Virgin in Majesty : walnut wood, silver, gilded silver ; about 1170 ; listed as a Historical monument in 1897.
The 1959 restoration revealed that the statue consists of a core of walnut wood covered with plates of silver, partly gilded, and decorated with repoussé work and engraving. The face still has the original. true to life painting. The right hand of the Virgin is XVIIth century, the left hand is of a later date. The silver lace of the right wrist bears the hallmark of François Cellier, an XVIIIth century Clermont goldsmith (1745-1785). In 1896, holes were drilled in the heads for fixing the crowns.
The restoration also revealed a small compartment in the back of the Virgin which was made inaccessible by the original metal plating : it may have been intended in the first place as a reliquary. However the function of the statue is purely symbolic. Indeed, it is thoroughly representative of the vast collection of Virgins grouped by I. H. Forsyth under the term "Throne of Wisdom". In the Auvergne, the probable prototype was the "Golden Virgin" ordered by the Bishop of Clermont in 946. The Virgin of Orcival is in the same family as those preserved in Tournus, Lyon, Marsat and Chalus-Lembron.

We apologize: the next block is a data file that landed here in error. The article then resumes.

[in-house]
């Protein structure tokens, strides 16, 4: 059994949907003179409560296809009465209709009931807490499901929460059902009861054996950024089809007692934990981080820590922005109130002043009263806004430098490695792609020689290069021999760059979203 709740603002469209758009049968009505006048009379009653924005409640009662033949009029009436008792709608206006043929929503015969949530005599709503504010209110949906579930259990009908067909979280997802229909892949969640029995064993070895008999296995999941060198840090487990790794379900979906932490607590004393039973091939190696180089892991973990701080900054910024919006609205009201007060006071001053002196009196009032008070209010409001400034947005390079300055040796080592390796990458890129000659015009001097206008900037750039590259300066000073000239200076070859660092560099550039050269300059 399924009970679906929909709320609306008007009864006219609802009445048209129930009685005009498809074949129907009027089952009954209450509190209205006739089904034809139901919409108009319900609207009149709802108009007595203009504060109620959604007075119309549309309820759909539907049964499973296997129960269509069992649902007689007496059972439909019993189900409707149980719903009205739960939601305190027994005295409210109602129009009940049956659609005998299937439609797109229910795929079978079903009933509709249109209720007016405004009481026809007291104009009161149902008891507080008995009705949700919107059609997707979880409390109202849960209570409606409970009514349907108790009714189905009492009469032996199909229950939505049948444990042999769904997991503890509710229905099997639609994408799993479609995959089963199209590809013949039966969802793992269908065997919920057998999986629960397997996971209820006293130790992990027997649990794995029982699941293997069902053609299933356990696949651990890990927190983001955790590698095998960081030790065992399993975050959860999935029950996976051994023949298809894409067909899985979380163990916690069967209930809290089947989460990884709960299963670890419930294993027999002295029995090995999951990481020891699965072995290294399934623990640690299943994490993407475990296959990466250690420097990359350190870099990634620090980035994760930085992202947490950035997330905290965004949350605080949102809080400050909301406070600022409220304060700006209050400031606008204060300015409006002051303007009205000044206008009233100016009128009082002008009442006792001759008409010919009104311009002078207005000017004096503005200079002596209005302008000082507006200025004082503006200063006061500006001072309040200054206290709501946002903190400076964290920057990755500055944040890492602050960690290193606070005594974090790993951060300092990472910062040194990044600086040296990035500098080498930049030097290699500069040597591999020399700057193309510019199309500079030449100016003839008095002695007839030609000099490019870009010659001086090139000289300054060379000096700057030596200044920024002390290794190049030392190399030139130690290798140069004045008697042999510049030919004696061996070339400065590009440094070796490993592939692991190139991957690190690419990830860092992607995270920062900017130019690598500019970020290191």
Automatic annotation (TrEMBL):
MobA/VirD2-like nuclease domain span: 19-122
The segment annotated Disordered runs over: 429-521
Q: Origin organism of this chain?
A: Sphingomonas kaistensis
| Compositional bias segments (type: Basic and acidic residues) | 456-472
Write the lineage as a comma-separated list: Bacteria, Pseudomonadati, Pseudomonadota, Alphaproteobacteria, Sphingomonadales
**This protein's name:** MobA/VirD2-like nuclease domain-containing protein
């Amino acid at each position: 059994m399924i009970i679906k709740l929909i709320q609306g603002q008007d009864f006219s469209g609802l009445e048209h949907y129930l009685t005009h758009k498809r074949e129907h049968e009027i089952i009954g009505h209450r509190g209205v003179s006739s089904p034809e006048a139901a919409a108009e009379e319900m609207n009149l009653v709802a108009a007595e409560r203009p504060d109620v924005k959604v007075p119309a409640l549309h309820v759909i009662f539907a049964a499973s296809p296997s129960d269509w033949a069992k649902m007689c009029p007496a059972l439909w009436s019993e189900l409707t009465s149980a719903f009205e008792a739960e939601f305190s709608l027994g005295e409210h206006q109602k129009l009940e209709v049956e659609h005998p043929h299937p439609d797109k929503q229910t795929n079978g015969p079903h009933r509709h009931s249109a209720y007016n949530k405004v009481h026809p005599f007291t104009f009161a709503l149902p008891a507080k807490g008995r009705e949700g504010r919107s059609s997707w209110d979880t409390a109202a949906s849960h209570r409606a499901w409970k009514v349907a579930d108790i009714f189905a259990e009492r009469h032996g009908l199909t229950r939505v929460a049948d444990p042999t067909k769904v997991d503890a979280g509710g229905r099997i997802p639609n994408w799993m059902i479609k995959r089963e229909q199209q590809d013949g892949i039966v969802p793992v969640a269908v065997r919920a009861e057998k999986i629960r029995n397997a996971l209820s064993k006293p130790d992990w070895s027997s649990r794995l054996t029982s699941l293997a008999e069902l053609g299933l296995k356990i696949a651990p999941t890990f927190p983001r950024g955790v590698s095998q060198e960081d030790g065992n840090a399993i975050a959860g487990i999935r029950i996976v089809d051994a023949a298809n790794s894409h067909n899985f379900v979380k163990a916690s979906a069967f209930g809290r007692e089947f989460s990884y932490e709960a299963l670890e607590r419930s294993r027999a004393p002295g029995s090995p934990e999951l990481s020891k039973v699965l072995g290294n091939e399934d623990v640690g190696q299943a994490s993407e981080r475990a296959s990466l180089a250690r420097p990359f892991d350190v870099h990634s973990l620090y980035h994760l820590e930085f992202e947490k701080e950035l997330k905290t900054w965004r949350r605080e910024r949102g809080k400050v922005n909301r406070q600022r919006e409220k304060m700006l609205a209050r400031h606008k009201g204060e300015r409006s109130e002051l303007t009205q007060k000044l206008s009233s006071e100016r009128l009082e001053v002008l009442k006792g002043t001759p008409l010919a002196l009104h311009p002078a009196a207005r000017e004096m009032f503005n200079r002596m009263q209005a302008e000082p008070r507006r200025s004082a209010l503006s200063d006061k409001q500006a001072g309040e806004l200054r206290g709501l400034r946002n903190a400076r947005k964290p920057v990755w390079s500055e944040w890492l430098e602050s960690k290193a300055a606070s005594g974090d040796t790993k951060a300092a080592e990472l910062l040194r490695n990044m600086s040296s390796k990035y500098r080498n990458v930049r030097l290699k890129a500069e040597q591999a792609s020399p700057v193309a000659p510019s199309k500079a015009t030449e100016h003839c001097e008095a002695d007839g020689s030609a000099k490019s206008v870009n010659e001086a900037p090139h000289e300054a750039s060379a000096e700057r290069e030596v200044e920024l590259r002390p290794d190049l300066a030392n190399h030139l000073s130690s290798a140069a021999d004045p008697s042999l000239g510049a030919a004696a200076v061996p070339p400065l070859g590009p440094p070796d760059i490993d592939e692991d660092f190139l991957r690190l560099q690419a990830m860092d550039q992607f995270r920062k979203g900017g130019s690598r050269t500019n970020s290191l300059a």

The aim is to make the Mystery of the Incarnation visible and tangible. The Virgin has the dual role of representative of the line of David, from which the Holy Infant is descended, and of Throne of Wisdom, on which the Infant-Priest sits.
So it is not a matter of expressing a maternal sentiment but of personifying an institution carrying God as a King. The luminosity of the silver and gold emphasizes the symbolic dimension of the work.
The exact, original location of the statue is not known. Was it on view all year, or only on feast-days or used in performances of mystery plays, for example at the Epiphany, as is suggested by I. H. Forsyth?